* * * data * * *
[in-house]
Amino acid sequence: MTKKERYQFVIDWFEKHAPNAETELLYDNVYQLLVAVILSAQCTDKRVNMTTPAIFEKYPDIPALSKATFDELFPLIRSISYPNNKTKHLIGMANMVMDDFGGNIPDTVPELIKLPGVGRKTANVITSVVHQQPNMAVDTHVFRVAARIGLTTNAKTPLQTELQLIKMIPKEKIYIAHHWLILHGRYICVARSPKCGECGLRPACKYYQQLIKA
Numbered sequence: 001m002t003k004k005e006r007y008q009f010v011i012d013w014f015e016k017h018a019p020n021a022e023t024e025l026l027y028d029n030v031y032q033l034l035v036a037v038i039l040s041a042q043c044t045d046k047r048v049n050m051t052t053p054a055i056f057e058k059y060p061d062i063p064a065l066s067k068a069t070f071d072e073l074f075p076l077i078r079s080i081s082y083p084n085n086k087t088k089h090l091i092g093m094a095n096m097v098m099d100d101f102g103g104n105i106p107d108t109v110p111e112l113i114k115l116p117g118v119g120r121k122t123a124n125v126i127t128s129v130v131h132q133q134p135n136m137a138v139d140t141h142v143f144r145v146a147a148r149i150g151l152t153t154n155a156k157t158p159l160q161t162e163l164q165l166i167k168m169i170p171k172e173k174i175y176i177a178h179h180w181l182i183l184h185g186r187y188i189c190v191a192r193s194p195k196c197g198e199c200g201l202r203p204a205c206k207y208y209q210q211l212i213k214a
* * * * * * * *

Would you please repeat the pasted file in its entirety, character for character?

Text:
[in-house]
Amino acid sequence: MTKKERYQFVIDWFEKHAPNAETELLYDNVYQLLVAVILSAQCTDKRVNMTTPAIFEKYPDIPALSKATFDELFPLIRSISYPNNKTKHLIGMANMVMDDFGGNIPDTVPELIKLPGVGRKTANVITSVVHQQPNMAVDTHVFRVAARIGLTTNAKTPLQTELQLIKMIPKEKIYIAHHWLILHGRYICVARSPKCGECGLRPACKYYQQLIKA
Numbered sequence: 001m002t003k004k005e006r007y008q009f010v011i012d013w014f015e016k017h018a019p020n021a022e023t024e025l026l027y028d029n030v031y032q033l034l035v036a037v038i039l040s041a042q043c044t045d046k047r048v049n050m051t052t053p054a055i056f057e058k059y060p061d062i063p064a065l066s067k068a069t070f071d072e073l074f075p076l077i078r079s080i081s082y083p084n085n086k087t088k089h090l091i092g093m094a095n096m097v098m099d100d101f102g103g104n105i106p107d108t109v110p111e112l113i114k115l116p117g118v119g120r121k122t123a124n125v126i127t128s129v130v131h132q133q134p135n136m137a138v139d140t141h142v143f144r145v146a147a148r149i150g151l152t153t154n155a156k157t158p159l160q161t162e163l164q165l166i167k168m169i170p171k172e173k174i175y176i177a178h179h180w181l182i183l184h185g186r187y188i189c190v191a192r193s194p195k196c197g198e199c200g201l202r203p204a205c206k207y208y209q210q211l212i213k214a